Congress transmits anti-terrorism bill to Malacañang

Aika Rey

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Congress transmits anti-terrorism bill to Malacañang

(UPDATED) The anti-terrorism bill is now awaiting the signature of the President, unless he vetoes it. If he decides not to act on it, the bill will lapse into law after 30 days from receipt.

MANILA, Philippines (UPDATED) – Congress has submitted the enrolled copy of the anti-terrorism bill to Malacañang, even as House lawmakers urged their leadership not to transmit the bill yet.

Senate President Vicente Sotto III confirmed on Tuesday, June 9, that he has already signed the bill.

“[Speaker Alan Peter Cayetano] signed last night. Sending it to PRRD (President Rodrigo Duterte) this morning,” Sotto said.

Sotto also said that a soft copy was sent to the Office of the President, Office of Executive Secretary Salvador Medialdea, and the Presidential Legislative Liaison Office.

In a text message to reporters at around 2 pm, Presidential Spokesperson Harry Roque said that Malacañang received the copy of the enrolled bill.

Duterte will have to sign the bill to be passed into law, unless he decides to veto the measure.

The President may also decide not to act on it. The bill will lapse into law 30 days after receipt.

The anti-terrorism bill hurdled the House of Representatives on June 3, two days after the President certified the measure as urgent. The lower chamber adopted the Senate version of the bill. (READ: ‘Terror law’: The pet bill of the generals)

Youth, progressive, and human rights groups asked lawmakers to junk the anti-terrorism bill, as they sounded the alarm over the broad definition of what constitutes as “terrorism.”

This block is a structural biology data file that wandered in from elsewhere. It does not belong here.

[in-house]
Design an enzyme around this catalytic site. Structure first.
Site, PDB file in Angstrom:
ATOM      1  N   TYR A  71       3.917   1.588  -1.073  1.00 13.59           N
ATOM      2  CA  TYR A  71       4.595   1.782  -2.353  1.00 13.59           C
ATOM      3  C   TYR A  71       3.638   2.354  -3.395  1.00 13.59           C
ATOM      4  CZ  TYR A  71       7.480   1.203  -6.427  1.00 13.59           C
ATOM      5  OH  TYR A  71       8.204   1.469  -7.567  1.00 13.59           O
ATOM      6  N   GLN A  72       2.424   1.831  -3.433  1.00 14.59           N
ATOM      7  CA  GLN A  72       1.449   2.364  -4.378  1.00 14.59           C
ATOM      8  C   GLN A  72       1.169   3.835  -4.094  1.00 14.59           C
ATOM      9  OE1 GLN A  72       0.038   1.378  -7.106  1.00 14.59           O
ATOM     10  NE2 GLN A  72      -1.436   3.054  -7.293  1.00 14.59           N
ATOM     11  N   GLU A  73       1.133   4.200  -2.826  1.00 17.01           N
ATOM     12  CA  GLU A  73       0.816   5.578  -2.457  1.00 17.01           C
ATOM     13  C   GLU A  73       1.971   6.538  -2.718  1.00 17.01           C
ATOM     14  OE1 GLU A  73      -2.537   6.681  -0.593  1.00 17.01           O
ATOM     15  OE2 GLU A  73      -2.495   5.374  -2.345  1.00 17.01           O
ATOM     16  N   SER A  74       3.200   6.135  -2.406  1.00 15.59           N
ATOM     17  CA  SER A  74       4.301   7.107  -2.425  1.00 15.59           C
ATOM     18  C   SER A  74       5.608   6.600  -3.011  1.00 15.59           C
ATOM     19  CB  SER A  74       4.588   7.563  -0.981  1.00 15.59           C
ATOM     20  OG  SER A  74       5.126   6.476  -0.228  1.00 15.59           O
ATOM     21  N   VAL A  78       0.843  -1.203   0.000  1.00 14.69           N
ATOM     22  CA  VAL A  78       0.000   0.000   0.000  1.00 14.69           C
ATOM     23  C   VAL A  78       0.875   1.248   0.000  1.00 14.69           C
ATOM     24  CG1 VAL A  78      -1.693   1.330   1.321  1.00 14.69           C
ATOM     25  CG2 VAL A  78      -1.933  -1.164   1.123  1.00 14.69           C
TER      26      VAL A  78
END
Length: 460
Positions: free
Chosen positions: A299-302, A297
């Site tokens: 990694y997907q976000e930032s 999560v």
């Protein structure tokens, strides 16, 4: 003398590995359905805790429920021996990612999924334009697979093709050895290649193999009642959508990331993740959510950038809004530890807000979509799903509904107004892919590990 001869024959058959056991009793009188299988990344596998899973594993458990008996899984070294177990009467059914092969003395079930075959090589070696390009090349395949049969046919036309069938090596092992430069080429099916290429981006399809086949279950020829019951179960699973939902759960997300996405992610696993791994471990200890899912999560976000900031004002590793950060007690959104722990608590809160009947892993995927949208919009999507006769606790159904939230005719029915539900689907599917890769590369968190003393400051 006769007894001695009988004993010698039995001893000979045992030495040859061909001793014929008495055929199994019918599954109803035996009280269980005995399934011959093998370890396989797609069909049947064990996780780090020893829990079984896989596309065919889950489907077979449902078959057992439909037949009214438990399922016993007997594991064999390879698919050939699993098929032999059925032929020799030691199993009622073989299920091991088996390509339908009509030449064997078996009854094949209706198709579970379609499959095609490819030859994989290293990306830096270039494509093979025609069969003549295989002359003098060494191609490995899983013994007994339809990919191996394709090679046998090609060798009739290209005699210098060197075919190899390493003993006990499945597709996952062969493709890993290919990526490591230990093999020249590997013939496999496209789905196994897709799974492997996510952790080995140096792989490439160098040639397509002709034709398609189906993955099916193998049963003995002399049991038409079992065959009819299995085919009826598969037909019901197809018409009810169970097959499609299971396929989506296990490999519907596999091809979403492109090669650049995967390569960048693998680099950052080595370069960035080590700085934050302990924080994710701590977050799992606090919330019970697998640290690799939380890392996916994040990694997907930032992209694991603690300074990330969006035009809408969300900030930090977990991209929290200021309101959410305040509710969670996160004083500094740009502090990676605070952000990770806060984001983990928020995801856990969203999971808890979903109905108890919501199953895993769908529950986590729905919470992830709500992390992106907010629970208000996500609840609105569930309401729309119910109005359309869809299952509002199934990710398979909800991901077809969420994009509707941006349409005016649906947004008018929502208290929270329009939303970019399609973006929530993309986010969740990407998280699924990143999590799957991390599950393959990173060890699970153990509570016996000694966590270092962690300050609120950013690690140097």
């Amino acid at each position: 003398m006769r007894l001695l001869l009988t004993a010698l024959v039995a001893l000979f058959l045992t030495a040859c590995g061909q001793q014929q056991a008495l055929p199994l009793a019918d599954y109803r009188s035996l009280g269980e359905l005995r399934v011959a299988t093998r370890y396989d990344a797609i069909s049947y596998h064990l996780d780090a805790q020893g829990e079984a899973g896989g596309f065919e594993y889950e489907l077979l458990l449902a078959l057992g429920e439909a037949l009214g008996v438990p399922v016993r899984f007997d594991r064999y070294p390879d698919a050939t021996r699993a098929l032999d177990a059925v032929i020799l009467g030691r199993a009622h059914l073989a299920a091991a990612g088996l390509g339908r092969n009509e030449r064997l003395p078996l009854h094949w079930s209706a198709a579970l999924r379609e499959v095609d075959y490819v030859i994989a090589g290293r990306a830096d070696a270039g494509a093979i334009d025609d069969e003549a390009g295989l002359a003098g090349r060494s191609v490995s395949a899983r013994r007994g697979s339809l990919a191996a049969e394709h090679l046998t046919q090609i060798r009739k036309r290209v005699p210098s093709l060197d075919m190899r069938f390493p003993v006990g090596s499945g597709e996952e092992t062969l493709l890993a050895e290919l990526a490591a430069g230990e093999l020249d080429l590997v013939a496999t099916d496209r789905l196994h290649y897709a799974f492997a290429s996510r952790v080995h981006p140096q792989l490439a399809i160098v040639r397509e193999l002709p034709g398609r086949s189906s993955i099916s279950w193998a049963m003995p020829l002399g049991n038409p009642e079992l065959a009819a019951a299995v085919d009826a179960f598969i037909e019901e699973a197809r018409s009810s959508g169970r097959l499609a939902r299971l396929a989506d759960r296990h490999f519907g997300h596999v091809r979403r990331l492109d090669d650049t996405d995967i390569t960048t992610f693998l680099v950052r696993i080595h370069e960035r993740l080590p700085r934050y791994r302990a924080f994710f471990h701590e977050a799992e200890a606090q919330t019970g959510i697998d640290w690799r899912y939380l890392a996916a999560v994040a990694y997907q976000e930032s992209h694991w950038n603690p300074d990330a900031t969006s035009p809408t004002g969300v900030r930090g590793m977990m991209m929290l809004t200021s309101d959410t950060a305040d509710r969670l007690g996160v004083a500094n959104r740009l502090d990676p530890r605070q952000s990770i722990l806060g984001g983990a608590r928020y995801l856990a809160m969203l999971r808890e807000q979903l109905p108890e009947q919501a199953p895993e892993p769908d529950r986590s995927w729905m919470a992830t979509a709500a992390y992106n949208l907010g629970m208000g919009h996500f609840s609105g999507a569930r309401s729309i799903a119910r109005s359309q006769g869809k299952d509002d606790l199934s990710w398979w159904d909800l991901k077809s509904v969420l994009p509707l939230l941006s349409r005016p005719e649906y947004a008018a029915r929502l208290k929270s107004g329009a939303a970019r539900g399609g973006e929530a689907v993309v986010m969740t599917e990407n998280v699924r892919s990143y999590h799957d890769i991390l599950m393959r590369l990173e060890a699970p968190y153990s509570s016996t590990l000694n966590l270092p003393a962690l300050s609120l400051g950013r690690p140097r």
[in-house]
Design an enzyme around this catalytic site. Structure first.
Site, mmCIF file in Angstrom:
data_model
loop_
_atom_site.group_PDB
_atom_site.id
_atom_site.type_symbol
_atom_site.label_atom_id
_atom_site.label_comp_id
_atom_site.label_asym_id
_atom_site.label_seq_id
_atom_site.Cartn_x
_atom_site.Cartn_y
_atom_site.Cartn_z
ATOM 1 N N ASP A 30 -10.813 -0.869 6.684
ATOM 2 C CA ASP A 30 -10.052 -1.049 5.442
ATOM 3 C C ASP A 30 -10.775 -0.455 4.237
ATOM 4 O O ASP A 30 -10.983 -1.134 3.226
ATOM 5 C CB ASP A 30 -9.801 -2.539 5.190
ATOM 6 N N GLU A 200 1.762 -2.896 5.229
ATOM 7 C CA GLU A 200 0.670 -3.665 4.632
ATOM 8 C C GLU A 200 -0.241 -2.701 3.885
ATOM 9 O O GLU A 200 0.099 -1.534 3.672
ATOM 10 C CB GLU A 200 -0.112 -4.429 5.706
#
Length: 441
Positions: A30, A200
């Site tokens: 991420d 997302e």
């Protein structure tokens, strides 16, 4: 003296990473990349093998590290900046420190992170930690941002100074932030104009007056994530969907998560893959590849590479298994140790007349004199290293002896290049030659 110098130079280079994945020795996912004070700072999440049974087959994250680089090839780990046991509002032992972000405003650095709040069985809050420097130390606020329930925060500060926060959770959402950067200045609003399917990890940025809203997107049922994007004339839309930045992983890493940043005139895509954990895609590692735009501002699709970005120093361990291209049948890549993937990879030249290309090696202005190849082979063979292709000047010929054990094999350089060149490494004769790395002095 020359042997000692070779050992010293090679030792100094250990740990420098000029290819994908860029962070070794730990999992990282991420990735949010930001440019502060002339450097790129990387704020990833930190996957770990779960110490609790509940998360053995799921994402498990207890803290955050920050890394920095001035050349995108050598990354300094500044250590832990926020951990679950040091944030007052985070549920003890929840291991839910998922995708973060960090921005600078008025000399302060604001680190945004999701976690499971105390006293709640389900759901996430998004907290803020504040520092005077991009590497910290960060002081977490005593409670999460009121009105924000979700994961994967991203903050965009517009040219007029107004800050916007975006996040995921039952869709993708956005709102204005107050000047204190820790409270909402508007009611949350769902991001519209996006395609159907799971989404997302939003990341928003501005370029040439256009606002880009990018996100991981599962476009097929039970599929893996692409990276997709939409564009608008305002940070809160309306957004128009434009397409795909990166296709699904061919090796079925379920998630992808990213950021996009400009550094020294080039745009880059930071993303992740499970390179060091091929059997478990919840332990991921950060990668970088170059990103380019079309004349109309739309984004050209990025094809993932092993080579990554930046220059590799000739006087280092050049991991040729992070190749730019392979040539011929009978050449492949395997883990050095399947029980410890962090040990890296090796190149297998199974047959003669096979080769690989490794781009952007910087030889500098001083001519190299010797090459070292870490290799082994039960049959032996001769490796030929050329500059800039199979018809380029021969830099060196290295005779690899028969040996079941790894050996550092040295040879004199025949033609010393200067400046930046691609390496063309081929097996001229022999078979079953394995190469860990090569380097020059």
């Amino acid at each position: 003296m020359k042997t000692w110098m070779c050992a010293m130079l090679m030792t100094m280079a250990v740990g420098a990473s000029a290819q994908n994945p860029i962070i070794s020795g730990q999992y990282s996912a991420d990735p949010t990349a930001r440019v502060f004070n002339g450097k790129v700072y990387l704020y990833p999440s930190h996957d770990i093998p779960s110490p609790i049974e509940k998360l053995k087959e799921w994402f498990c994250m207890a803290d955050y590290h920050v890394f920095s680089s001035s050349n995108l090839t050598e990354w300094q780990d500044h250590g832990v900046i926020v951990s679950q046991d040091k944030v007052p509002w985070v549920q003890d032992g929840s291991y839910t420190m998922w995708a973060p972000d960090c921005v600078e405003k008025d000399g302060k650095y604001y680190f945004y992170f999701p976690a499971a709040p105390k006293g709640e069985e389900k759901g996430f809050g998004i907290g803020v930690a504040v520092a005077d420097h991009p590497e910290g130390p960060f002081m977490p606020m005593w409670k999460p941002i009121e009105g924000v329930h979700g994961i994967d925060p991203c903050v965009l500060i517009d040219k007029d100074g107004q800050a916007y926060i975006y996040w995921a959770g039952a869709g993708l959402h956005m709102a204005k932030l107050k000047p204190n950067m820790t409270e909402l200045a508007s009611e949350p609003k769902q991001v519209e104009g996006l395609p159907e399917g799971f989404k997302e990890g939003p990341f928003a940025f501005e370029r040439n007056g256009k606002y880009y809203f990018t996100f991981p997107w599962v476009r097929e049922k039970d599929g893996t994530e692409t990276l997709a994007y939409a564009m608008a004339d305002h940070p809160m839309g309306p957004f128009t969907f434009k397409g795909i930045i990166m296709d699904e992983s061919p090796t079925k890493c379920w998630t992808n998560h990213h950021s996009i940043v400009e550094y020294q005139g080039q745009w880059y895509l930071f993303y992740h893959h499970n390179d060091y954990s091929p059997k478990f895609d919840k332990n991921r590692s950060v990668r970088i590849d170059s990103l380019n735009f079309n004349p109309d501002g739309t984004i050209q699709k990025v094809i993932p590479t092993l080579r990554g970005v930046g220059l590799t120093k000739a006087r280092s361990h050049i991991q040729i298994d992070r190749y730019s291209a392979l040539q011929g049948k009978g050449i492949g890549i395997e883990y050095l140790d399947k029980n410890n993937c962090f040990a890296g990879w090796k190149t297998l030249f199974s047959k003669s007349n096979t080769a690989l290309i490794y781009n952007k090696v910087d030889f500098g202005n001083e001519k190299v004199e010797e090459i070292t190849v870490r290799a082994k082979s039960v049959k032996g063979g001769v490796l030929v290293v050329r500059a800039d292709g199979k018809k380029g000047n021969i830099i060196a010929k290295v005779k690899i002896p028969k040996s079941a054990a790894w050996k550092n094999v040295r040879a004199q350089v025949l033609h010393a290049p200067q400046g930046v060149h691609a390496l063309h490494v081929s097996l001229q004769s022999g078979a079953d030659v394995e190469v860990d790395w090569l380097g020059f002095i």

Several House lawmakers withdrew their yes votes for the anti-terror bill, with opposition lawmaker Albay 1st District Representative Edcel Lagman urging Cayetano not to sign the enrolled anti-terror bill yet while constitutional questions remain.

The votes were apparently not enough to overturn the House approval.

The bill defined terrorism as engaging in the following acts, with the purpose of inciting fear and seriously destabilizing structures in the country, among others:

  • Causing death or serious bodily injuries to any persons, or endangers a person’s life
  • Causing extensive damage or destruction to a government or public facility, public place, or private property
  • Causing extensive interference with, damage, or destruction to critical infrastructure
  • Developing, manufacturing, possessing, acquiring, transporting, supplying, or using weapons, explosives, or biological, nuclear, radiological, or chemical weapons
  • Releasing dangerous substances or cause fire, floods, and explosions

Under the bill, those who will propose, incite, conspire, and participate in the planning, training, and facilitation of a terrorist attack could face a sentence equivalent to life imprisonment.

The same punishment would be meted out to those who will provide support to terrorists and recruit anyone to be a member of a terrorist organization. (READ: EXPLAINER: Comparing dangers in old law and anti-terror bill)

Suspected persons can be detained without a warrant of arrest and placed under 60-day surveillance, which may be extended to at most 30 days by the police or the military. –

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Aika Rey

Aika Rey is a business reporter for Rappler. She covered the Senate of the Philippines before fully diving into numbers and companies. Got tips? Find her on Twitter at @reyaika or shoot her an email at